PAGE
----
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Stocker & Yale "Click" to Login or Register 
IHC Member 1357
Stocker & Yale

Just got this. Crown missing. Looks like the stem
is present. Can't wind it. Probably does not run.
Does anyone know how the movement comes out of the
case. Front I'm guessing? Is it worth repair?


Posts: 4079 | Location: Carbon, Texas in the USA | Registered: January 24, 2010
IHC Member 1357
Looks like it was made in 1991

Posts: 4079 | Location: Carbon, Texas in the USA | Registered: January 24, 2010
IHC Member 1291
Picture of Buster Beck
Nice Swiss made Stocker & Yale Sandy 490 Series I, military watch with the ETA 2801 manual wind 17 Jewel, hack sweep seconds with Tritium low radioactive green glowing hands. They were under contract and used in the 1st Gulf War & Desert Storm Era.

The crystal holds the movement in place in the case. You have to take a sharp knife and carefully pry up between the crystal and the crystal ring, going in small steps completely around the case. Then remove the plug from the back of the case and release the crown. The movement will then fall out of the case. The bezel ring is also a pry off, but they can be pretty tight. Its easier to remove the crystal if you can first remove the bezel ring.

They generally sell working for $150-400 depending on condition on the market. Worth fixing ? Maybe-maybe not depending on many things, including the owner...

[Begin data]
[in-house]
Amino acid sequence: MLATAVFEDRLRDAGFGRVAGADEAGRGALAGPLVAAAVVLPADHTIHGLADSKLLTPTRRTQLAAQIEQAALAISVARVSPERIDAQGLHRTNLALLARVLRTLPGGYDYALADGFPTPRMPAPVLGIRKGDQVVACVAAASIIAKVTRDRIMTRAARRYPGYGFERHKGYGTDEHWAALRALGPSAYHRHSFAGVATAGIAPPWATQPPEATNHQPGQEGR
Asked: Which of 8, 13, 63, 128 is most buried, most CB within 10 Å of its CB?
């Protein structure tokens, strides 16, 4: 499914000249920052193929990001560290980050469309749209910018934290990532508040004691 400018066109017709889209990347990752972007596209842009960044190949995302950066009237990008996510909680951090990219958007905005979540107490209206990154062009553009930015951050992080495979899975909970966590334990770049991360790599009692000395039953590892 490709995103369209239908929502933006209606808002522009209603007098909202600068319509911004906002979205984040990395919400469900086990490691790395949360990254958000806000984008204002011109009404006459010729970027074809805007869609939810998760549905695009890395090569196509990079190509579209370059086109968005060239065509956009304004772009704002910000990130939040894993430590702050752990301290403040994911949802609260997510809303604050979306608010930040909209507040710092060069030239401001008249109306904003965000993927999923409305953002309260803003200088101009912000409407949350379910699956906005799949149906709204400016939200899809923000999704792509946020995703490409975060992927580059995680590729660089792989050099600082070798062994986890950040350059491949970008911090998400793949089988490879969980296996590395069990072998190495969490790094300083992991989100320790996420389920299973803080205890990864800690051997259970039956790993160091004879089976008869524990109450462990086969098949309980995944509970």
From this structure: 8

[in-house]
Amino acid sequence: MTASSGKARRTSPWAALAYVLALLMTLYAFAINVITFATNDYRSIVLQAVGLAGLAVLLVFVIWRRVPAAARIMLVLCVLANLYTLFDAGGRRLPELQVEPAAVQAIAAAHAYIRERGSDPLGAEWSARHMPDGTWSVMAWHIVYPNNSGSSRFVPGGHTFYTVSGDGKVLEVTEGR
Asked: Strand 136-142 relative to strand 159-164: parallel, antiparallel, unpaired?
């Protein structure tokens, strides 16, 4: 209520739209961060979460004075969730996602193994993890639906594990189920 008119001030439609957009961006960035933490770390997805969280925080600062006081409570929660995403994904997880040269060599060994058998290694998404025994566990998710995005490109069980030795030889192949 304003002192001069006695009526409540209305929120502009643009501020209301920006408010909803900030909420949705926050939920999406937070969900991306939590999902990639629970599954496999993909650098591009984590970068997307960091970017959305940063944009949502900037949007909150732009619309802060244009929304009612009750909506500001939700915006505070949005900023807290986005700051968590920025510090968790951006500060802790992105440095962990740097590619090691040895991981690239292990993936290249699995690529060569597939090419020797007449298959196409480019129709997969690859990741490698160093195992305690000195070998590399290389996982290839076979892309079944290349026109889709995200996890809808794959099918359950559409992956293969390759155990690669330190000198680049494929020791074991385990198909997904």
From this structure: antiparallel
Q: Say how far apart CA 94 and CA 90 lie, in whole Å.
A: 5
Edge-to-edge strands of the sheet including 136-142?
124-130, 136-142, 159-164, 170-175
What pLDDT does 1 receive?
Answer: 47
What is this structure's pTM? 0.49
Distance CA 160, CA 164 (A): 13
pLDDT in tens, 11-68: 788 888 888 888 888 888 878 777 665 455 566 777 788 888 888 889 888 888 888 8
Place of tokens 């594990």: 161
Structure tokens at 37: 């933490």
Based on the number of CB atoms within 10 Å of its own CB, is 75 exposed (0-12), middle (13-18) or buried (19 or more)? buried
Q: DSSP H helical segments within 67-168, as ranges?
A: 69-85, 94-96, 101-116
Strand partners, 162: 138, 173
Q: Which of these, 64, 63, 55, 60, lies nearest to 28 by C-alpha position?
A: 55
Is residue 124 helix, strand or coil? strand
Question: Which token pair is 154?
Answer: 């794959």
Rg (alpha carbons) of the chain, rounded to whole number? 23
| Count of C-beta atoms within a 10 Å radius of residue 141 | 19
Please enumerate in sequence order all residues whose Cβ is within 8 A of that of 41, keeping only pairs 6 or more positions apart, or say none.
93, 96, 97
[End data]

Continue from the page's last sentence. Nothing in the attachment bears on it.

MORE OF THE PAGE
Posts: 6376 | Location: Texas in the USA | Registered: July 27, 2009
These plastic cased watches were not made to be taken apart and repaired - they were meant to be tossed out when they stopped working and a new one was given as a replacement. I am not sure that they can be taken apart without damaging the case. Also, I see that this one was manufactured in December, 1981. The tritium in the tubes will have become relatively dim by now. Tritium is three hydrogen atoms together in one molecule and it has a small degree of radioactivity. The half-life of pure tritium is about 12.5 years but the tritium in the little tubes you see in tritium watches like this one tends to be a bit less than pure so the half-life is more like 10 years. Half-life means the time it takes for the radioactivity to decay by 50 percent. So a watch made with tritium tubes in 1981 will have had its tritium gas in its tubes decay by over 3.5 half-lives making it somewhere around 7 or 8 percent of its original intensity. Even if you could get the crystal off without damaging the case, the cost of fresh new tritium tube fitted hands alone would likely be more than the watch is worth as a used watch (freshly made tritium sells for around $30,000 per gram). My suggestion is that you enjoy your watch as it is, and if you would like one in good working condition (though with very faded tritium tubes) they seem to be plentiful on Ebay for around $150.
Posts: 869 | Location: Baltimore, Maryland USA | Registered: September 20, 2004
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